In fact, much of the usefulness of this national revision of our recent history depends on everybody’s participation and attitude, especially of those who played a relevant role at that time. This is the moment to listen to each other outside any political intention and to pay attention only to the responsibility we all have regarding the victims of violence and towards the future generations of Peruvians.

This is the time to recognize the public commitment of state institutions to help us in the task of obtaining the truth and starting an authentic reconciliation process. That is the intention we discovered and valued in those who, assuming the authority they exercise responsibly, pointed out the need of differentiating between the usual confrontations of war from assassination and barbarity.

In this effort for reconciliating the country with itself, the TRC is also talking, and shall continue doing so, with subversive groups leaders and commandos, a fact about which the country will be kept informed.

Thirdly, we shall promote some basic commitments about institutional reforms and legal proposals as the ones already mentioned, because they are indispensables to make peace and democracy viable and durable.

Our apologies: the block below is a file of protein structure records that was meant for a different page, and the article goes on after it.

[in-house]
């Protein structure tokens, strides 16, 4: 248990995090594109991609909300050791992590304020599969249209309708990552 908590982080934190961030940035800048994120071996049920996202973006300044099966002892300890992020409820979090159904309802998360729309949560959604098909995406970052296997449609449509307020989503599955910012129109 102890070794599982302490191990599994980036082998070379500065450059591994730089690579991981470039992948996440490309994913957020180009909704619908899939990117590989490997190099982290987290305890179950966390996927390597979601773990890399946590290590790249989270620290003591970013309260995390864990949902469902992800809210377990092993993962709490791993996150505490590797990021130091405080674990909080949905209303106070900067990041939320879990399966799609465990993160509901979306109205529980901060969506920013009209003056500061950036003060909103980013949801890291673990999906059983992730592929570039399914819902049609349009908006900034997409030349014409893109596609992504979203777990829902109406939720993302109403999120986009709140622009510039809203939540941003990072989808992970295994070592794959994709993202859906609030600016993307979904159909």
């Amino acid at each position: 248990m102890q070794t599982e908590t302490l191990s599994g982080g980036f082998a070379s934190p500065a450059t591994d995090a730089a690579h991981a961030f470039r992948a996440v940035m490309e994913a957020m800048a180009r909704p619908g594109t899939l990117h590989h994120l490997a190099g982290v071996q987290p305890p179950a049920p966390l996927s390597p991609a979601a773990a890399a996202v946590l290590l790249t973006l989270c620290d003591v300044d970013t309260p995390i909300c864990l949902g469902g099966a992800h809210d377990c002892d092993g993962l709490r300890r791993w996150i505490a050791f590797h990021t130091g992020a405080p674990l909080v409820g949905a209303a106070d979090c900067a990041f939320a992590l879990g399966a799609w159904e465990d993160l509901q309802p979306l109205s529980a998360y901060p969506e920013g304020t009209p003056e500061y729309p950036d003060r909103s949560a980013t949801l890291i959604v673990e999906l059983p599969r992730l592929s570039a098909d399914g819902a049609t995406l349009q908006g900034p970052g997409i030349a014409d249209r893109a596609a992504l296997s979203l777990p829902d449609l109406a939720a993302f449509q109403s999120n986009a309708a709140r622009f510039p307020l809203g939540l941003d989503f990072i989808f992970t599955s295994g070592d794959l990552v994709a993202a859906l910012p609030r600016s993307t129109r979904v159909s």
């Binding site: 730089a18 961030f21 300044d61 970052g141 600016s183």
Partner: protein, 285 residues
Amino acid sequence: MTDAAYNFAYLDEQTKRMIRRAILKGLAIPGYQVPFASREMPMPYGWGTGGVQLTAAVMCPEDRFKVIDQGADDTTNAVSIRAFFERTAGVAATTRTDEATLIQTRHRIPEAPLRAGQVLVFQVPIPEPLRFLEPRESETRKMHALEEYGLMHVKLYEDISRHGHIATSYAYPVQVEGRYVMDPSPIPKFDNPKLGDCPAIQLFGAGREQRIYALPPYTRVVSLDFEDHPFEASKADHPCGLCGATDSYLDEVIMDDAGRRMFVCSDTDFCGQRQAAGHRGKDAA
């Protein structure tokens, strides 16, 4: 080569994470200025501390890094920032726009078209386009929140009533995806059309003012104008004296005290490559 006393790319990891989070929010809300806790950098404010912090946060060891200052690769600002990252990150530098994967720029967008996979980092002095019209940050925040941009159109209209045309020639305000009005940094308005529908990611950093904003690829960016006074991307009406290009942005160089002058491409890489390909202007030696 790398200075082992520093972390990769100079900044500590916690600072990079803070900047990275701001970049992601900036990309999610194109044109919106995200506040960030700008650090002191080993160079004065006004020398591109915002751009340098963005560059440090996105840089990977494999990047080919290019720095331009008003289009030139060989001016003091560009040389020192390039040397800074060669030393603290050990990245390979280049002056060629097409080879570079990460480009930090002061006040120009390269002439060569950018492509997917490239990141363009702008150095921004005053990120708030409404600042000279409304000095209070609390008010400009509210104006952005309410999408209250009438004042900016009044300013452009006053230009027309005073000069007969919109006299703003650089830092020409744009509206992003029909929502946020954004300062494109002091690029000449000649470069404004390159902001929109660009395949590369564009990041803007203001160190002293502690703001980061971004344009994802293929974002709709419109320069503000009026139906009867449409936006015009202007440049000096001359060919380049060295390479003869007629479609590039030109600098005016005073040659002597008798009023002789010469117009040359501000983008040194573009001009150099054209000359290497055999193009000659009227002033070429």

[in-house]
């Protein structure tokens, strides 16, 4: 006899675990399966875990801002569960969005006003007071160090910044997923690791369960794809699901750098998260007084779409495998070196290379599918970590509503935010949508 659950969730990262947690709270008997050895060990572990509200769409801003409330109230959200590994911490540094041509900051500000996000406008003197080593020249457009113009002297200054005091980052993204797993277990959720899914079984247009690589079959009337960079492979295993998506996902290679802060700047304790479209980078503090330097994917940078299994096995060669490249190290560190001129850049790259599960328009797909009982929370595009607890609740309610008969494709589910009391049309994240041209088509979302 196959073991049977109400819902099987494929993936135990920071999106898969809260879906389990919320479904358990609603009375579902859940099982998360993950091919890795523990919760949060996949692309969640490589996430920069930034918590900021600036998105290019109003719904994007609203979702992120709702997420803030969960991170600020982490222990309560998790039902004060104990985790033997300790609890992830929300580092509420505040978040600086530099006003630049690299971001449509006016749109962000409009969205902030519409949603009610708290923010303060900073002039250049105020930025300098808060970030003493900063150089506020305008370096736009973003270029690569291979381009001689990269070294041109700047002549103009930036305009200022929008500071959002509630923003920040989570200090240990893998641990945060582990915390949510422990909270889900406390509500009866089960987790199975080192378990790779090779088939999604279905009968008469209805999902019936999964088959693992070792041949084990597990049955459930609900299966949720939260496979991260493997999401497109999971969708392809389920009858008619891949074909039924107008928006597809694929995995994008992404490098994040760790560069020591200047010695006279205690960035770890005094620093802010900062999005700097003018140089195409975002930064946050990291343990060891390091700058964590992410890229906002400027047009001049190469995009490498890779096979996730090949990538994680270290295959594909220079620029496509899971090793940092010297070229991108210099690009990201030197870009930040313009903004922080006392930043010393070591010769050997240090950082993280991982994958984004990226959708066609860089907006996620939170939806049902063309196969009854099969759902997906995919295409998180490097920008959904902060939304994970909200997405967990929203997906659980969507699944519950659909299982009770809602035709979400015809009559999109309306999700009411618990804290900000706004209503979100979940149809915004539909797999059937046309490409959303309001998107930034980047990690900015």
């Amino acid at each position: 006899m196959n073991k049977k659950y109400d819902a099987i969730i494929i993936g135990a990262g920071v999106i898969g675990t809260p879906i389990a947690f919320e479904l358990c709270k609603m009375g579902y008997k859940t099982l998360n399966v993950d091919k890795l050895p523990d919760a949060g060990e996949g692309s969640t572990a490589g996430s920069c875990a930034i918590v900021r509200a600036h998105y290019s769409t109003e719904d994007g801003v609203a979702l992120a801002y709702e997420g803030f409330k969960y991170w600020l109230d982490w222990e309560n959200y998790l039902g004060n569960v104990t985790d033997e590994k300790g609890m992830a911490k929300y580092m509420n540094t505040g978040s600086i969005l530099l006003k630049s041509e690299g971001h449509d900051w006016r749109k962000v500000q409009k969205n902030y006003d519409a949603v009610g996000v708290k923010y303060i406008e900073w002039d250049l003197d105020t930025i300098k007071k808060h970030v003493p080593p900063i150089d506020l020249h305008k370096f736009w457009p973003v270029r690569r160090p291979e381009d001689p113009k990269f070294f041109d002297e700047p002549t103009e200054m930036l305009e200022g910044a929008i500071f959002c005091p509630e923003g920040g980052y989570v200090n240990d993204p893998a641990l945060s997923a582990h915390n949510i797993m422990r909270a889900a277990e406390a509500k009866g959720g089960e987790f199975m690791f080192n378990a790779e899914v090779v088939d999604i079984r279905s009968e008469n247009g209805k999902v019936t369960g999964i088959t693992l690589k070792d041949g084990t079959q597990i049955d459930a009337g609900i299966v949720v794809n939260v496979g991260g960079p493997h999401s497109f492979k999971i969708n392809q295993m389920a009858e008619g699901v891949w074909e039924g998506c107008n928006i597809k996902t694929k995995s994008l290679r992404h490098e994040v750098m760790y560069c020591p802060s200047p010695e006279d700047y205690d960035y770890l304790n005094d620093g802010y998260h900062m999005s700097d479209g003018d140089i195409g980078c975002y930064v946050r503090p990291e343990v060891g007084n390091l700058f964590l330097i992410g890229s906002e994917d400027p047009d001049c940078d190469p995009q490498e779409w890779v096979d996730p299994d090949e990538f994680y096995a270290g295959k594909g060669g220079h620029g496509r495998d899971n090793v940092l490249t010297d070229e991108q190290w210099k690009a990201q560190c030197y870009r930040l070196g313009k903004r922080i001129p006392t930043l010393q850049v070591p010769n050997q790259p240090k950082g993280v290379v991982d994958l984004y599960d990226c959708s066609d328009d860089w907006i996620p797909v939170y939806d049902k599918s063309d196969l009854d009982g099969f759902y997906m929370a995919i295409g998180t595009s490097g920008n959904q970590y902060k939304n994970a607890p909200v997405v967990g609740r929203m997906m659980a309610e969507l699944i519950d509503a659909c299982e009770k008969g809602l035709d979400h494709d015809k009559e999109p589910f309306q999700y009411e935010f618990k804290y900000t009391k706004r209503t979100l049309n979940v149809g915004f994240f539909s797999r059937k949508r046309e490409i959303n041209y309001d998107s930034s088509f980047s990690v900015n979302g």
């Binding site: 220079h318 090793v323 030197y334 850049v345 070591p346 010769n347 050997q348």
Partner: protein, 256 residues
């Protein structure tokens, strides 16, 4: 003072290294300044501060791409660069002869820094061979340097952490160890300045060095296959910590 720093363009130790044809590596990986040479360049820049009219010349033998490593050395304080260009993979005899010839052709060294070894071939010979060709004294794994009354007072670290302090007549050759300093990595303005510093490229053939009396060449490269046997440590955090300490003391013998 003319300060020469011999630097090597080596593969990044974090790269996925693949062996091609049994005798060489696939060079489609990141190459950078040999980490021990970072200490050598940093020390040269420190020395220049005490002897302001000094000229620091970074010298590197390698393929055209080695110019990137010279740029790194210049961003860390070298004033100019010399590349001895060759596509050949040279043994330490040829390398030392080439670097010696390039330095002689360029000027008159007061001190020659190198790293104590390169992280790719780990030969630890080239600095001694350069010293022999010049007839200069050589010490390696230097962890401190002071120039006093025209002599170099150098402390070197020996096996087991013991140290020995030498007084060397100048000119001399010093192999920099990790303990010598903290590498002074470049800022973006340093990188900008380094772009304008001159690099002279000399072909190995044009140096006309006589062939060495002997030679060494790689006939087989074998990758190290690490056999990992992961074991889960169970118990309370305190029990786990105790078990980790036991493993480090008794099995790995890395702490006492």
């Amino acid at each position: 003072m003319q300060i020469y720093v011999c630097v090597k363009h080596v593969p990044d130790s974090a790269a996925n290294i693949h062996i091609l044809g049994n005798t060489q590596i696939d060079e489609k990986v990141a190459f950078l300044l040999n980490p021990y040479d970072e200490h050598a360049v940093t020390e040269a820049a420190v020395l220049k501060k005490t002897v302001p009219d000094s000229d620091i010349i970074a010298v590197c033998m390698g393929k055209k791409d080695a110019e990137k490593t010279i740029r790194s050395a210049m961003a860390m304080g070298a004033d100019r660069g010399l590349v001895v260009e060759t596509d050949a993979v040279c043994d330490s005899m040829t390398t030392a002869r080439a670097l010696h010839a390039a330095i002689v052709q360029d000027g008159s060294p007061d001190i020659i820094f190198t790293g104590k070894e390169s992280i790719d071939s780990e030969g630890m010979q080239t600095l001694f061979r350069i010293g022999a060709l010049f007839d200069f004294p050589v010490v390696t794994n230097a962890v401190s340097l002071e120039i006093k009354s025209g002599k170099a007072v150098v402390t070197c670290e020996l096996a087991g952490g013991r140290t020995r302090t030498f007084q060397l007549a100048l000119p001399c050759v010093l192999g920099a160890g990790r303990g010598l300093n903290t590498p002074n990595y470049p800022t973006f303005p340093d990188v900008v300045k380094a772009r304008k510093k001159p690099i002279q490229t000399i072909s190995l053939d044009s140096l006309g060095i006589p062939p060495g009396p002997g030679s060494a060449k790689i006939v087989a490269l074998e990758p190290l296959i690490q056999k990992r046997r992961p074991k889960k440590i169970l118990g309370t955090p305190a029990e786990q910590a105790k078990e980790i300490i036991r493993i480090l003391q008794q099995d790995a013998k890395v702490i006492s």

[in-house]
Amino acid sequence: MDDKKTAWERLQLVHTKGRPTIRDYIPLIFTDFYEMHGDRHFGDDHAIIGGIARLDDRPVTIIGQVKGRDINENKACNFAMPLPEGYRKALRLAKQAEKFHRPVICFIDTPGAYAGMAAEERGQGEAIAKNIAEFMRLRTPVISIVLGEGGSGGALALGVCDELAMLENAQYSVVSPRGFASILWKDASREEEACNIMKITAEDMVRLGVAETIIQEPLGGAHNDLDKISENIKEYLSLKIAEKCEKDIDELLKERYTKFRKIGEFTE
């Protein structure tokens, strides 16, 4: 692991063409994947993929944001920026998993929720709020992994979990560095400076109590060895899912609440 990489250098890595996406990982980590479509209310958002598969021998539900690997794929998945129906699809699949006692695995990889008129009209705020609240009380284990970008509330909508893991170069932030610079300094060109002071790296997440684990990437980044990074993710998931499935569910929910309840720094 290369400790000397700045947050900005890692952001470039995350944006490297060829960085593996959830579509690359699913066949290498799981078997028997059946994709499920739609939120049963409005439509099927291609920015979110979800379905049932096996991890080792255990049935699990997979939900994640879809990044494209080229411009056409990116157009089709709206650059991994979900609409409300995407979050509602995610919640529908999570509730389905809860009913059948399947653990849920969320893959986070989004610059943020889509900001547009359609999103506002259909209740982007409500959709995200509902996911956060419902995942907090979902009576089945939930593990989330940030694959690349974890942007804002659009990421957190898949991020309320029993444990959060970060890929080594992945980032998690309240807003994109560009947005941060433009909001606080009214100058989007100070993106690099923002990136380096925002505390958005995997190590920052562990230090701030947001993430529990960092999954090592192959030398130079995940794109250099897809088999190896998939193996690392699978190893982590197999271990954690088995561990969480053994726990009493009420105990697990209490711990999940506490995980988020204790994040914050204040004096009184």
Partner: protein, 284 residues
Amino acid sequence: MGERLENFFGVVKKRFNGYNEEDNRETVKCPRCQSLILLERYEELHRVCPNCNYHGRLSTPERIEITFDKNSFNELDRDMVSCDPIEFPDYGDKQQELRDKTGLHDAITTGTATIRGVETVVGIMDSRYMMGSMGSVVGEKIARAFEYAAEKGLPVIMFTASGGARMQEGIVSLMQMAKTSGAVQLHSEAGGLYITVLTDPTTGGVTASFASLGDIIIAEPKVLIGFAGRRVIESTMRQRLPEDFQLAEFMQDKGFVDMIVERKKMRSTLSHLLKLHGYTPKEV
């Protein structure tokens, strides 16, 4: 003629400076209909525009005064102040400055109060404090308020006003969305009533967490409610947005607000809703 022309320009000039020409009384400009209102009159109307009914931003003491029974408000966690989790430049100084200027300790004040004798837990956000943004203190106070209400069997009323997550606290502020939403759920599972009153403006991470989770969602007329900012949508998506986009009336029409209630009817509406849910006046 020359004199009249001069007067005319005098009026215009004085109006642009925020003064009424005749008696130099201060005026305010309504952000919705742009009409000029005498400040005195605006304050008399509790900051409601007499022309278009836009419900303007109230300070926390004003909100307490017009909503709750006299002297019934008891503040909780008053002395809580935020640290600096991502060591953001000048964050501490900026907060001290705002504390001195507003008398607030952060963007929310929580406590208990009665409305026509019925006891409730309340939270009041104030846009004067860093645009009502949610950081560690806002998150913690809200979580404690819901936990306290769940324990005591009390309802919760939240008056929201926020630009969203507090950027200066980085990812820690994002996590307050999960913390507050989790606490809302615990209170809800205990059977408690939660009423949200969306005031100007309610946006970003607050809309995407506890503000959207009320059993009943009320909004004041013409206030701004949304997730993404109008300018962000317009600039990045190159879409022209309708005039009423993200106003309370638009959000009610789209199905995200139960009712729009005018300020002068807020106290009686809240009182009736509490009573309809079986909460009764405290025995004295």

I want to specifically refer to the National Redressment Plan. We believe the country has a moral and social debt with the innocent victims and that we all have to contribute so they are treated with justice.


Certainly all of this will only be possible if the citizens, the political and social leaders, the parties, the state institutions and the society as a whole accompany us through a sound ethic commitment in the effort of making of these moments of our history, although painful, to pull out the best of ourselves to turn over, this time responsibly and fairly, one of the most deplorable pages of our national life.

We must say that these tasks and this mandate charged to the Commission I chaired are part of the process through which Peru seeks to build a new foundation for a life in common, affirming a truth Rule of Law and expelling not only violence but also corruption and authoritarianism.

And this is a great historical opportunity whose realization depends only on us, on all of us.

We are convinced that a future of peace and democracy is possible and it is in our hands to make it come truth if we identify everything that must never happen in our country again, never more subversive violence, never more a war among Peruvians, never more human rights abuse, never more indifference or silence before our countrymen’s misfortune.

There are occasions in which saying no is also a way to affirm. Saying no to injustice is, above all, a way to open the doors of reconciliation, and that is the message we want you to helps us convey to the country.

Thank you very much.

Salomon Lerner Febres
Truth and Reconciliation Commission